Gooseberry puree, seeds removed, sweetened. A sauce for fish, especially mackerel, and pale meats (Acton 1845, Walsh 1859, etc)
From Alex Bray... "a surprisingly dark sauce - but the gooseberry balances the bacon very well"
Original Receipt from 'Modern Cookery for Private Families' by Eliza Acton (Acton 1845);
GOOSEBERRY SAUCE FOR MACKEREL.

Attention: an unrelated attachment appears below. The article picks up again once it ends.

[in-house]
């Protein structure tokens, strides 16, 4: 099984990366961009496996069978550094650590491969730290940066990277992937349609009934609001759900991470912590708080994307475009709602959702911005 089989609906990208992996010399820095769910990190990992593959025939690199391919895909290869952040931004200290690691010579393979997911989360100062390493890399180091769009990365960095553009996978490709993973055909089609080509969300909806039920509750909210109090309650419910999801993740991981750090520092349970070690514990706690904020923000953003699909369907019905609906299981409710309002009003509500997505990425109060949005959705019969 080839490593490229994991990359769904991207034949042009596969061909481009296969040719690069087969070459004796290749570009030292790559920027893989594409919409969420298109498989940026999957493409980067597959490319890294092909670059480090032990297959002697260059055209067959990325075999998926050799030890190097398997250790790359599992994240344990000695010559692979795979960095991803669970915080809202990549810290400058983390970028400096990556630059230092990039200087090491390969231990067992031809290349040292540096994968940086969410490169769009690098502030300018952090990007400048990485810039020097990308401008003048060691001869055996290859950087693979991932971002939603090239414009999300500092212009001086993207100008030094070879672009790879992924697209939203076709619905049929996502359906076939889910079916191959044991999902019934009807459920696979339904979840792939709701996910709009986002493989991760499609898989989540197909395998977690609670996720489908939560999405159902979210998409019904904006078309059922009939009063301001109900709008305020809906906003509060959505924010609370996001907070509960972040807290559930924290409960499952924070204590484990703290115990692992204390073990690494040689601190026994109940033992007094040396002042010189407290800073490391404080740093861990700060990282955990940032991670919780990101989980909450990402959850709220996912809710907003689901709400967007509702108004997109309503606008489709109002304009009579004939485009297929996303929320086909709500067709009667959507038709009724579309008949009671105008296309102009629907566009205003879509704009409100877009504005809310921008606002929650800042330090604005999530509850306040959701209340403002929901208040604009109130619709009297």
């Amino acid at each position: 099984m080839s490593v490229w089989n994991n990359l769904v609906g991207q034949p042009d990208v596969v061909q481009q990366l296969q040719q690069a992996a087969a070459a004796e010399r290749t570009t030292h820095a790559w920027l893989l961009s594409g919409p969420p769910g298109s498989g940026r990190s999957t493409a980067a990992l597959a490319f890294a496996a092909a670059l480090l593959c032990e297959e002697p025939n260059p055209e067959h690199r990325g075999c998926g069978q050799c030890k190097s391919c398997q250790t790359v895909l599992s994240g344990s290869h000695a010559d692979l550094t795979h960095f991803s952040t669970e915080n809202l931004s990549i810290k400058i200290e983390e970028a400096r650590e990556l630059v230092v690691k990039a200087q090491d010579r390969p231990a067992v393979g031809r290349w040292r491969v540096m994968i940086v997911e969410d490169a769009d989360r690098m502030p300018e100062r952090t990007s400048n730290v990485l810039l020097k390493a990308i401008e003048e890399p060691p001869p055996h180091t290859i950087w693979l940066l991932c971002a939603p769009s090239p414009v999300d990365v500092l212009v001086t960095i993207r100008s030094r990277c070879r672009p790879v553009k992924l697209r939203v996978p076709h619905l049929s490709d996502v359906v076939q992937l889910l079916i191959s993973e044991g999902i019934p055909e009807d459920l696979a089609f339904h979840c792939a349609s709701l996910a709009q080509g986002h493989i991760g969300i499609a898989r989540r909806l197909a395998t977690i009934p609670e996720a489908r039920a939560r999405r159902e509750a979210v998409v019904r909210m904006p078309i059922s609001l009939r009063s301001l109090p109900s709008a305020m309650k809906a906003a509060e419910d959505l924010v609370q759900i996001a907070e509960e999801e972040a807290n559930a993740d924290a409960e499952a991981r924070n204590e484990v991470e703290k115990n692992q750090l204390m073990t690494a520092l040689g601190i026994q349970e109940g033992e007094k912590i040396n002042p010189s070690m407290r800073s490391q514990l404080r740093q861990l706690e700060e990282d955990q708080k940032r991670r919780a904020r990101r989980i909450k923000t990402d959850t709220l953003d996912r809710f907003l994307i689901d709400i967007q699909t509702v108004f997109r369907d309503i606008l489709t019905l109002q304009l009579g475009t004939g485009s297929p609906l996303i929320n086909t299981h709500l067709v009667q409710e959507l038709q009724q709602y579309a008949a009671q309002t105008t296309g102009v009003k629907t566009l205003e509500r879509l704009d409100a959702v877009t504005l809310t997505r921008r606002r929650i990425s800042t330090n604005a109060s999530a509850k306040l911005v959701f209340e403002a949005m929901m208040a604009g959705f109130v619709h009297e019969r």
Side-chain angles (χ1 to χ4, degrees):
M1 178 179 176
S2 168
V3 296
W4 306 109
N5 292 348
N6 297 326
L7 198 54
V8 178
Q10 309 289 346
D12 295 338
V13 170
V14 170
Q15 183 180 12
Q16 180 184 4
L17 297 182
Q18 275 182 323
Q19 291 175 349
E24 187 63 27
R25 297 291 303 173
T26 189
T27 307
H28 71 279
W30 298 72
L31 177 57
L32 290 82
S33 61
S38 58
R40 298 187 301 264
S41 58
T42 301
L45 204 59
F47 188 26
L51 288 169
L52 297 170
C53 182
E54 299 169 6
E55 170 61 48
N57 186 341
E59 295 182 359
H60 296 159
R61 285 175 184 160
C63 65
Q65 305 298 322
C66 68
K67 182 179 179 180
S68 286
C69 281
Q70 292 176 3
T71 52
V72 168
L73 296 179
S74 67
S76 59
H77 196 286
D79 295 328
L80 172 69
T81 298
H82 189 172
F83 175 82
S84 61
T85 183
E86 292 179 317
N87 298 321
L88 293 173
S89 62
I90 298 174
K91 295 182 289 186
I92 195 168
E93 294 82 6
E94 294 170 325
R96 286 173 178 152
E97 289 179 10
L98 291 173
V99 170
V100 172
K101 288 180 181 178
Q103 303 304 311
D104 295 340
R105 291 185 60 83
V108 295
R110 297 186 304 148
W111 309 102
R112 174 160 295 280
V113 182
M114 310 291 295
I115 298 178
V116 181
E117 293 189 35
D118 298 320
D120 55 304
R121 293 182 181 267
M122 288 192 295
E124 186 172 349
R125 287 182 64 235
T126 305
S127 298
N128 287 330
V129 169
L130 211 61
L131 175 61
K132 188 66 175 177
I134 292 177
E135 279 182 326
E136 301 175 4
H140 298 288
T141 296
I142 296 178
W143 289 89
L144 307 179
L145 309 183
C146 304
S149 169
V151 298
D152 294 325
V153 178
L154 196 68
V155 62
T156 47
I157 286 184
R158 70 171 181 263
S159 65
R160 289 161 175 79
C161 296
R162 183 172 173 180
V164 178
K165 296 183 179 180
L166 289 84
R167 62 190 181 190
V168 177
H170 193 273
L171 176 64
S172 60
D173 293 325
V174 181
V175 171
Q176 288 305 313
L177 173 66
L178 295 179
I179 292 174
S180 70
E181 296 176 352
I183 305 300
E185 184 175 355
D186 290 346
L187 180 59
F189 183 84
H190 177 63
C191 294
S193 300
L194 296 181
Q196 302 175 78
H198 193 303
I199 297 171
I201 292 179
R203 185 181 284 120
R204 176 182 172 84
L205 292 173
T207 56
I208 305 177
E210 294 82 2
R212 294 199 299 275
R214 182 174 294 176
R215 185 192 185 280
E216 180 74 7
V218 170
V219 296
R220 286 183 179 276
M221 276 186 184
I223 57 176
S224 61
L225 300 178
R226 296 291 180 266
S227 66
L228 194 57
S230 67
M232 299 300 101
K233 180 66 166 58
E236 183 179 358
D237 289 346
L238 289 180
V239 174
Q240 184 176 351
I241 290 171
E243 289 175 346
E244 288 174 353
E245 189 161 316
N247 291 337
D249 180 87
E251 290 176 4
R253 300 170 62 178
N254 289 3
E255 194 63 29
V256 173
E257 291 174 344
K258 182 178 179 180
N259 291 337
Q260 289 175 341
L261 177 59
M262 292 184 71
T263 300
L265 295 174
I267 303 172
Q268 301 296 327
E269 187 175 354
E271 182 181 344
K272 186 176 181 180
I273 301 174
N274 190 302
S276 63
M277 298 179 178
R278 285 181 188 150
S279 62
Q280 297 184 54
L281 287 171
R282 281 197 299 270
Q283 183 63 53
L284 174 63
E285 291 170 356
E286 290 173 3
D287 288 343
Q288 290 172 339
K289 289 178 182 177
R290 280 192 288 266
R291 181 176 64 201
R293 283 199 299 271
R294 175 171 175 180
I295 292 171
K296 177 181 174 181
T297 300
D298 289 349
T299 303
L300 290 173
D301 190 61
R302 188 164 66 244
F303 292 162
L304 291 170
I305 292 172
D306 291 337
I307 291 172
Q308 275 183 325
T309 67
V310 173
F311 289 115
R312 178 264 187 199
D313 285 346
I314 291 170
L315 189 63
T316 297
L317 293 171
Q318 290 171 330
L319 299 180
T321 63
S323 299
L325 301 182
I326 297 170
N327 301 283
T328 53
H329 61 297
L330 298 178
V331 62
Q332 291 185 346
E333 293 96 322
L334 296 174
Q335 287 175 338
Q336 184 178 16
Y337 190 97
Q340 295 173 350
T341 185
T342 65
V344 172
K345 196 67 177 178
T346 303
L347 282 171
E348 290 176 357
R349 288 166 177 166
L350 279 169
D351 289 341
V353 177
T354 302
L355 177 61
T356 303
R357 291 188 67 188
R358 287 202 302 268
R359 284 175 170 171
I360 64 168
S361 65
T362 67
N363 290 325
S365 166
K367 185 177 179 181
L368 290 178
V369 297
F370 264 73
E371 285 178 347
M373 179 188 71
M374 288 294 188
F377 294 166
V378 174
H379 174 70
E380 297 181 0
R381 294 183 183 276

Cut the stalks and tops from half to a whole pint of quite young gooseberries, wash them well, just cover them with cold water, and boil them very gently indeed, until they are tender; drain and mix them with a small quantity of melted butter, made with rather less flour than usual. Some eaters prefer the mashed gooseberries without any addition; others like that of a little ginger. The best way of making this sauce is to turn the gooseberries into a hair-sieve to drain, then to press them through it with a wooden spoon, and to stir them in a clean stewpan or saucepan over the fire with from half to a whole teaspoonful of sugar, just to soften their extreme acidity, and a bit of fresh butter about the size of a walnut. When the fruit is not passed through the sieve it is an improvement to seed it.
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